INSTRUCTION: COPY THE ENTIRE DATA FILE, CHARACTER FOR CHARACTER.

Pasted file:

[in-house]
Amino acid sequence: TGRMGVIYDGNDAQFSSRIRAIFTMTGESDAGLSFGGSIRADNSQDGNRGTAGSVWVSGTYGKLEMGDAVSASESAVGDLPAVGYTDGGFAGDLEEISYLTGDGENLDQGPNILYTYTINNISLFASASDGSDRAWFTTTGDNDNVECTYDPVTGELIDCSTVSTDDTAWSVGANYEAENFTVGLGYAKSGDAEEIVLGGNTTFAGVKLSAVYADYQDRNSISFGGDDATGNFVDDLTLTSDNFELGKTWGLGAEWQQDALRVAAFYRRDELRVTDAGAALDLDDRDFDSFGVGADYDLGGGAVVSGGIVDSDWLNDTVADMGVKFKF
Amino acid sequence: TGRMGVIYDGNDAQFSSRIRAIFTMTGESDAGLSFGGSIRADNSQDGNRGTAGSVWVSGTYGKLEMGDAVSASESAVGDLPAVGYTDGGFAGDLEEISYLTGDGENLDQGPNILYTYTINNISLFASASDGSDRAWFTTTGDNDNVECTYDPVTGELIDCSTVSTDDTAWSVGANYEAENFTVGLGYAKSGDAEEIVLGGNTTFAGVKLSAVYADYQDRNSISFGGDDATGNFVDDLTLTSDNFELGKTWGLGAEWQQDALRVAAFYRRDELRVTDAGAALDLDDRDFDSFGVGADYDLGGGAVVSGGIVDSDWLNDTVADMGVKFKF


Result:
[in-house]
Amino acid sequence: TGRMGVIYDGNDAQFSSRIRAIFTMTGESDAGLSFGGSIRADNSQDGNRGTAGSVWVSGTYGKLEMGDAVSASESAVGDLPAVGYTDGGFAGDLEEISYLTGDGENLDQGPNILYTYTINNISLFASASDGSDRAWFTTTGDNDNVECTYDPVTGELIDCSTVSTDDTAWSVGANYEAENFTVGLGYAKSGDAEEIVLGGNTTFAGVKLSAVYADYQDRNSISFGGDDATGNFVDDLTLTSDNFELGKTWGLGAEWQQDALRVAAFYRRDELRVTDAGAALDLDDRDFDSFGVGADYDLGGGAVVSGGIVDSDWLNDTVADMGVKFKF
Amino acid sequence: TGRMGVIYDGNDAQFSSRIRAIFTMTGESDAGLSFGGSIRADNSQDGNRGTAGSVWVSGTYGKLEMGDAVSASESAVGDLPAVGYTDGGFAGDLEEISYLTGDGENLDQGPNILYTYTINNISLFASASDGSDRAWFTTTGDNDNVECTYDPVTGELIDCSTVSTDDTAWSVGANYEAENFTVGLGYAKSGDAEEIVLGGNTTFAGVKLSAVYADYQDRNSISFGGDDATGNFVDDLTLTSDNFELGKTWGLGAEWQQDALRVAAFYRRDELRVTDAGAALDLDDRDFDSFGVGADYDLGGGAVVSGGIVDSDWLNDTVADMGVKFKF